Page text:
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SEC’s Schrodinger cat

Commentaries & Views

David Lifchitz, CIO Tellurian-ExoAlpha – June 9th, 2023

The US are now openly at war with Cryptos, and SEC Chairperson Gary Gensler is the general in charge. The US knows that cryptos are a direct threat to their own CBDC which is nothing more but a digital representation of the existing fiat dollar carrying its same infinite debt and debasement capability, and will do whatever they can to remove these threats. Instead of banning cryptos outright, which would require an act from the US Congress which is anything but given, CBDC proponents are fighting cryptos by cutting their bridges to US dollar convertibility by coming after the exchange platforms (Congress ruled out that the SEC cannot regulate cryptos, only securities, so the SEC in turn labeled cryptos as securities, allowing thus them to intervene…).

After a “dry run” with Kraken a few months ago, the SEC went after Gemini, and on May 5th 2023 aimed at the “plat de resistance” (meal main dish in French) by hitting Binance and Coinbase two days later, the two largest crypto exchanges.

The SEC’s only argument is that several cryptos traded on these exchanges were securities and that these exchanges were not properly registered…. Interestingly enough, the SEC was completely asleep at the switch when FTX was running afoul of its clients, investors and even regulators, as FTX also allowed the trading of these same coins… By the same token, the SEC validated Coinbase’s business model, approved Coinbase to go public and allowed it to sell securities to retail investors… but now suddenly changed its stance, alleging that Coinbase’s business model is illegal… It looks like the SEC has adopted Schrodinger’s cat!

Besides coming after the exchanges, the SEC has already been after Ripple for a long time, which token (XRP) is used as a real-time settlement system, currency exchange and remittance network open to financial institutions worldwide, as Ripple has also been perceived as a direct threat to the existing fiat system with so many vested interests. XRP’s fate should be decided shortly now, and could have a huge impact on SEC’s actions against Binance and Coinbase: if XRP is not deemed to be a security, then the SEC case against Coinbase is over. Regarding Binance however, the SEC alleges other claims of wrongdoing by the company, on top of providing access to securities like Coinbase.

Thus the pattern is clear for the US… whereas other countries have decided to establish clear laws to properly regulate cryptos (MICA in Europe), Switzerland, Japan, and even China which just reversed course on the topic, as they don’t want to miss out on the innovation.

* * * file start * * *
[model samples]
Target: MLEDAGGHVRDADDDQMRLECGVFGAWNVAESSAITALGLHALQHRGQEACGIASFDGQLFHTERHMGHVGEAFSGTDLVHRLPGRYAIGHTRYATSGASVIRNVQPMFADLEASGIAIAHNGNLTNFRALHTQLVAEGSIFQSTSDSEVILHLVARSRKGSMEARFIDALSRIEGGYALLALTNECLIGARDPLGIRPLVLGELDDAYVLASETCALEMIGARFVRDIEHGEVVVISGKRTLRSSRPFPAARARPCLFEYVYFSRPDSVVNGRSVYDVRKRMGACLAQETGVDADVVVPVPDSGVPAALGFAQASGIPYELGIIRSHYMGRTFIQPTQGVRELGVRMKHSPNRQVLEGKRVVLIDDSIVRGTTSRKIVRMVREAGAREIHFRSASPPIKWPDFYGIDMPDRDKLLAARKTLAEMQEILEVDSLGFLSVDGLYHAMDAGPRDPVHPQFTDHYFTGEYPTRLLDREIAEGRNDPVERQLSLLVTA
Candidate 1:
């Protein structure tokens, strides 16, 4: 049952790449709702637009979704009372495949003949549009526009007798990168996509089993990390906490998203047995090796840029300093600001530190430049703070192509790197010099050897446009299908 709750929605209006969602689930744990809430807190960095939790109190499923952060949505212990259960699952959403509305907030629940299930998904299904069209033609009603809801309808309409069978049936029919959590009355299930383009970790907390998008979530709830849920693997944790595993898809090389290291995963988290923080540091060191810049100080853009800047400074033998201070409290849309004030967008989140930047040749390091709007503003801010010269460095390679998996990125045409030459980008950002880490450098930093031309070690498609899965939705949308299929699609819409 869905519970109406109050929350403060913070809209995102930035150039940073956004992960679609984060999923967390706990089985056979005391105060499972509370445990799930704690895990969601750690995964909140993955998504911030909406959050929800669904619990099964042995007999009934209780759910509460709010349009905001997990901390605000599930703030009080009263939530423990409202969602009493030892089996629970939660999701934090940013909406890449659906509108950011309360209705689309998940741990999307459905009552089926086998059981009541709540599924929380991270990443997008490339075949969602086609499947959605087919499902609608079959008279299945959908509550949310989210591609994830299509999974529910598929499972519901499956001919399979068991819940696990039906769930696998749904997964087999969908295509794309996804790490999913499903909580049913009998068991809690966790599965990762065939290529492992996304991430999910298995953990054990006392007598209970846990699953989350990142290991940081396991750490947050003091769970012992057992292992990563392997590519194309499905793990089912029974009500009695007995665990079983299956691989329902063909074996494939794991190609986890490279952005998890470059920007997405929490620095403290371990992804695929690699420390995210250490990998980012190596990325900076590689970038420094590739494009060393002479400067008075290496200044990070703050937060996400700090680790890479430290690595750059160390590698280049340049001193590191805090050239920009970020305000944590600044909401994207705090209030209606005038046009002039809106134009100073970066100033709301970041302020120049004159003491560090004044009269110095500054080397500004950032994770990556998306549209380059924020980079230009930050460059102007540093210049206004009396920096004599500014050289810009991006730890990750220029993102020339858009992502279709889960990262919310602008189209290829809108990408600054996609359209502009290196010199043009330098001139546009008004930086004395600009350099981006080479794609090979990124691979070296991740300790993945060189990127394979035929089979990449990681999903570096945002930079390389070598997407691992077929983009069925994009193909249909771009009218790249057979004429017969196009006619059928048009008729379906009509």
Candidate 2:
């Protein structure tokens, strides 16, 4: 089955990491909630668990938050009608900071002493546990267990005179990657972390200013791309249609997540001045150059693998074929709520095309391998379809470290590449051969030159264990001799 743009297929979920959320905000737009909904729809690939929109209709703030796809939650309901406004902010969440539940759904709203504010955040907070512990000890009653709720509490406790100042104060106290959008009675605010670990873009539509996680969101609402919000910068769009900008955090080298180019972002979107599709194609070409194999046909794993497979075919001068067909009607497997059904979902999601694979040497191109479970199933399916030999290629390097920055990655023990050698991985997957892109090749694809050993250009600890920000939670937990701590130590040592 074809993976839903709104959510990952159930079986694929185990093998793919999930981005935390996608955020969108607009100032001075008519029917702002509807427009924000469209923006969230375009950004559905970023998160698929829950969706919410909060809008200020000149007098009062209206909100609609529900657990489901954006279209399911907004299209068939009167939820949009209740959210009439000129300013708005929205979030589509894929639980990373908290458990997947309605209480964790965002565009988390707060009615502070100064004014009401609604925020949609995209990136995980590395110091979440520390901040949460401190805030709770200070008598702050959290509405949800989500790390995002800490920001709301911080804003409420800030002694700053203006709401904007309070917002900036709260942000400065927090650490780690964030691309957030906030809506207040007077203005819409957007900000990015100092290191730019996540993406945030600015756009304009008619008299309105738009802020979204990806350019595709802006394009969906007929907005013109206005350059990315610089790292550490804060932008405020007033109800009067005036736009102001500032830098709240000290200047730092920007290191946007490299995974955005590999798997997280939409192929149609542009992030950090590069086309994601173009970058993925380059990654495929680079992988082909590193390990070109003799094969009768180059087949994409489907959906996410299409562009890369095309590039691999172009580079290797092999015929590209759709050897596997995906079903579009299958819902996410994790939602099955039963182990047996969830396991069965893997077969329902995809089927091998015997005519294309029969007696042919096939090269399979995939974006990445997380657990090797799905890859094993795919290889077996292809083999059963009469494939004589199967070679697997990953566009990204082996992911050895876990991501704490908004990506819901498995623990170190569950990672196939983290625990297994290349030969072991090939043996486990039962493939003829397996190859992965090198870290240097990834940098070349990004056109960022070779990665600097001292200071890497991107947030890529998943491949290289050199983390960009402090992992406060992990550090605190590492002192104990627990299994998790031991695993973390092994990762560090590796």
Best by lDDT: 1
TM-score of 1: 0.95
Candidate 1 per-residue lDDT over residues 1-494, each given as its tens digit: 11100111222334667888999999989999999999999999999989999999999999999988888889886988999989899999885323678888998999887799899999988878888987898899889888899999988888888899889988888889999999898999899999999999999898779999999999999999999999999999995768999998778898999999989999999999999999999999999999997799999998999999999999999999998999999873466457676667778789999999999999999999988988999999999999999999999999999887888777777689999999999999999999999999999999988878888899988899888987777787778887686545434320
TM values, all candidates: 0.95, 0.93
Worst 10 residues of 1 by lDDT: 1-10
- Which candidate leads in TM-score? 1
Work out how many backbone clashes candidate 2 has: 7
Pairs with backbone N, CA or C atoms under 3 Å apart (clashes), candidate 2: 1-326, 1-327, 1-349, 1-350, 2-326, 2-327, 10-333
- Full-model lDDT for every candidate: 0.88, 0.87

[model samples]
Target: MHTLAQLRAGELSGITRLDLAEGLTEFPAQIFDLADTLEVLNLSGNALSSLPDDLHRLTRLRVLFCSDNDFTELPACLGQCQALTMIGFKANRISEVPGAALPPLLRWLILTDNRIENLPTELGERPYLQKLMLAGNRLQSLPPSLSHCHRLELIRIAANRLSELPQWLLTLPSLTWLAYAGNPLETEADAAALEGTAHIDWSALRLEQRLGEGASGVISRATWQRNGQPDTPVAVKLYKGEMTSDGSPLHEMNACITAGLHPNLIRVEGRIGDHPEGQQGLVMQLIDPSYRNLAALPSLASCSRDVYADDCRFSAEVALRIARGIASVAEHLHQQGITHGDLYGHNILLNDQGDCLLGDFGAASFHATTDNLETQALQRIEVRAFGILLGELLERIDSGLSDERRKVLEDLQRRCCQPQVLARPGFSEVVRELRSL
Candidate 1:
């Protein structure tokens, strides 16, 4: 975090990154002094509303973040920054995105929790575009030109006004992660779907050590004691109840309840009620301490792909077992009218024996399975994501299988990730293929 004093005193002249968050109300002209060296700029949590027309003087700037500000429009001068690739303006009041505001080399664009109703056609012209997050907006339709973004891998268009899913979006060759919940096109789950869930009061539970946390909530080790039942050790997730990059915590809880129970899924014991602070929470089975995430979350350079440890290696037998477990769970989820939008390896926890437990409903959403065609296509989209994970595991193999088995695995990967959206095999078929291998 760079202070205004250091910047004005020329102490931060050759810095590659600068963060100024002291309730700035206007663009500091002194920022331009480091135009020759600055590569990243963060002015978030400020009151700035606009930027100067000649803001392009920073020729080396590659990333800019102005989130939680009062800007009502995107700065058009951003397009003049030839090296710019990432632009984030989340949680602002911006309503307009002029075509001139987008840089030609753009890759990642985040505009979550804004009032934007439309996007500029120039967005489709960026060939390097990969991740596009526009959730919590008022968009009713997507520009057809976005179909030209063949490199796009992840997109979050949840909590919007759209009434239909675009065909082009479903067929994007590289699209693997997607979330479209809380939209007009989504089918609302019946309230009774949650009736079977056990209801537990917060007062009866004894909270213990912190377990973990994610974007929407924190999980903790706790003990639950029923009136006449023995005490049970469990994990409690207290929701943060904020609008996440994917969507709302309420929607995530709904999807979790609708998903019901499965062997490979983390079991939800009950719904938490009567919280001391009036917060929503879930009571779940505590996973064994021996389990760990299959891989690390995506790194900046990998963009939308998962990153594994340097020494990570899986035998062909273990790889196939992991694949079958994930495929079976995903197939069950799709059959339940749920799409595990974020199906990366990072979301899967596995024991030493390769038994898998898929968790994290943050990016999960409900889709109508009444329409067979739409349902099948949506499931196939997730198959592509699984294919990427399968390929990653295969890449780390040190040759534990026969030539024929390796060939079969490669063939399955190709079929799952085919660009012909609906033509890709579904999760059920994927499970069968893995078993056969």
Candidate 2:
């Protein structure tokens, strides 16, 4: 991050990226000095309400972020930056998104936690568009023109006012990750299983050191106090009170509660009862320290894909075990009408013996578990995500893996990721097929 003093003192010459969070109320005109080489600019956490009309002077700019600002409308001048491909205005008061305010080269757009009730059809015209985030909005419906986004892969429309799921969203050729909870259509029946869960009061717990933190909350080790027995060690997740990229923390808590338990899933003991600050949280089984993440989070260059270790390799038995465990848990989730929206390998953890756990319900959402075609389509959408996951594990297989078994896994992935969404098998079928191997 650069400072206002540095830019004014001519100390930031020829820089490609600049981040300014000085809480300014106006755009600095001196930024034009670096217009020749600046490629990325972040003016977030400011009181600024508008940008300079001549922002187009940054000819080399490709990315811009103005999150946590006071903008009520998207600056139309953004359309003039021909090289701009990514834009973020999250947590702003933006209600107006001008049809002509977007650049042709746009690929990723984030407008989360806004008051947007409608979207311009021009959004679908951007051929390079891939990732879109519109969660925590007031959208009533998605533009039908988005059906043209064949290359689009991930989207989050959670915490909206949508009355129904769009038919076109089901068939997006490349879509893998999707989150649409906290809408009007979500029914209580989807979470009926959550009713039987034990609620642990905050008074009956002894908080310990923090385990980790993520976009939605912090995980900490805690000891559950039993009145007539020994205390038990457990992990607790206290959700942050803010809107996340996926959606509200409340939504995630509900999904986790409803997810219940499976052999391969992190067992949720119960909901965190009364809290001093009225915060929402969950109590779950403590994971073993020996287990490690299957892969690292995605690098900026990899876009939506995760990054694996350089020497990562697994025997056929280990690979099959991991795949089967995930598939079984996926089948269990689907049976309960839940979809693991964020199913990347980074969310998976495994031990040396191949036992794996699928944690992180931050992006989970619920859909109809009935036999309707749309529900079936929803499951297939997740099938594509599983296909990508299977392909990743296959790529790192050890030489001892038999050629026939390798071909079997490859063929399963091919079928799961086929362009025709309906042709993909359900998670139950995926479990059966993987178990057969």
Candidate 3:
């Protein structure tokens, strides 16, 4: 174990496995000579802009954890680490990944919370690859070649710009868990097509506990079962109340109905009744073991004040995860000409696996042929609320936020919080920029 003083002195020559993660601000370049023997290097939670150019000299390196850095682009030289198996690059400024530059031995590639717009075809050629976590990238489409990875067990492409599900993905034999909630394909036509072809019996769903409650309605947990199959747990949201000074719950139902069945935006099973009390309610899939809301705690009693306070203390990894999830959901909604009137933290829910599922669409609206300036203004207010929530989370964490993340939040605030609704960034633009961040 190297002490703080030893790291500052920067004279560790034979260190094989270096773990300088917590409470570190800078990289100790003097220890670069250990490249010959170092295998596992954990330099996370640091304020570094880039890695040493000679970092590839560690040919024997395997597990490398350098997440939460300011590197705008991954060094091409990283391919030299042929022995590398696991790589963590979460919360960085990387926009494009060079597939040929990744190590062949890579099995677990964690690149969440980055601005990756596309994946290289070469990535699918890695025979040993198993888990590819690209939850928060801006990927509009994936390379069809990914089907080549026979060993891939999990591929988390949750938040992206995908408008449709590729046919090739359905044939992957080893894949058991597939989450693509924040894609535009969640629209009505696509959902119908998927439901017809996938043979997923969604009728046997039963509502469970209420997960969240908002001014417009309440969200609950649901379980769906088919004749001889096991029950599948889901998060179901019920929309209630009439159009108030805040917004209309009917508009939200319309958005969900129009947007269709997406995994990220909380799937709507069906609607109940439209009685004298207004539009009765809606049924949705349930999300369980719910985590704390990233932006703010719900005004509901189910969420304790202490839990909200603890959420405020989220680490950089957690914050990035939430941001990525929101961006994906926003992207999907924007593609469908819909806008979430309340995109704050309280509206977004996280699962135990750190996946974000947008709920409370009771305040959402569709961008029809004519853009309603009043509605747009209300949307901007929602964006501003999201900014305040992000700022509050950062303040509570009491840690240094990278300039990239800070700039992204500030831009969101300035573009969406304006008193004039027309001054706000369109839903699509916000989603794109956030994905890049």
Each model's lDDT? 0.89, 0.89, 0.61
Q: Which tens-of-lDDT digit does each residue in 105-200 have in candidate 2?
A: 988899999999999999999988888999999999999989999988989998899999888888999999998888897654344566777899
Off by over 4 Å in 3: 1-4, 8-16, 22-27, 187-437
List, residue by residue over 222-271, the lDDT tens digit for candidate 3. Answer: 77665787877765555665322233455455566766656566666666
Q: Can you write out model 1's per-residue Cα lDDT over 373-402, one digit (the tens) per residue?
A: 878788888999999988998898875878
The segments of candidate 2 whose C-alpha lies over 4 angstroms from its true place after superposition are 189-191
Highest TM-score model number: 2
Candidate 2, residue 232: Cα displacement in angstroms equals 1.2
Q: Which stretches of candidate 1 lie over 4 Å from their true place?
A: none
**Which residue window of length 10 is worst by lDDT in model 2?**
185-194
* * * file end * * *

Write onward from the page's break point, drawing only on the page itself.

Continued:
Besides the political considerations and long-term consequences for the US if they end up banning cryptos, what is interesting from a trading point of view, is the price action of XRP vs. Bitcoin. Contrarily to Bitcoin or even Ether, which have been going nowhere in the last 4 weeks, XRP has completely decoupled, gaining 25% over that same period: is this a classic “Buy the rumor, Sell the news” pattern, with the anticipated news being XRP not deemed a security?

Another interesting note is that besides an initial hic-hup on the day the SEC announced it sued Binance, then Coinbase two days later, Bitcoin has been relatively unmoved, whereas secondary coins were more badly hurt and haven’t yet recovered.

This shows that Bitcoin and Ether, the two main cryptos, are perceived as immune to the SEC attacks and XRP gains as another defiance of the SEC. No matter the outcome of this arm wrestling between cryptos and the SEC, as long as large jurisdictions around the world welcome cryptos, cryptos are here to stay.

Bitcoin remains in hibernation as institutional investors have still not come back following the 2022 bear market and collapse of FTX. The argument that comes back often from these institutional investors these days is that they see cryptos as a huge beta play (as it was in the heydays of 2017 for example) and are waiting for them to start moving again to chase them, and while they are not moving: what’s the point of taking on so much risk when US T-Bills yield 5% “risk-free”.

The market could only be back in motion if “new money” gets in, and that could be coming soon from Hong Kong as China has recently completely reversed its stance on the topic.

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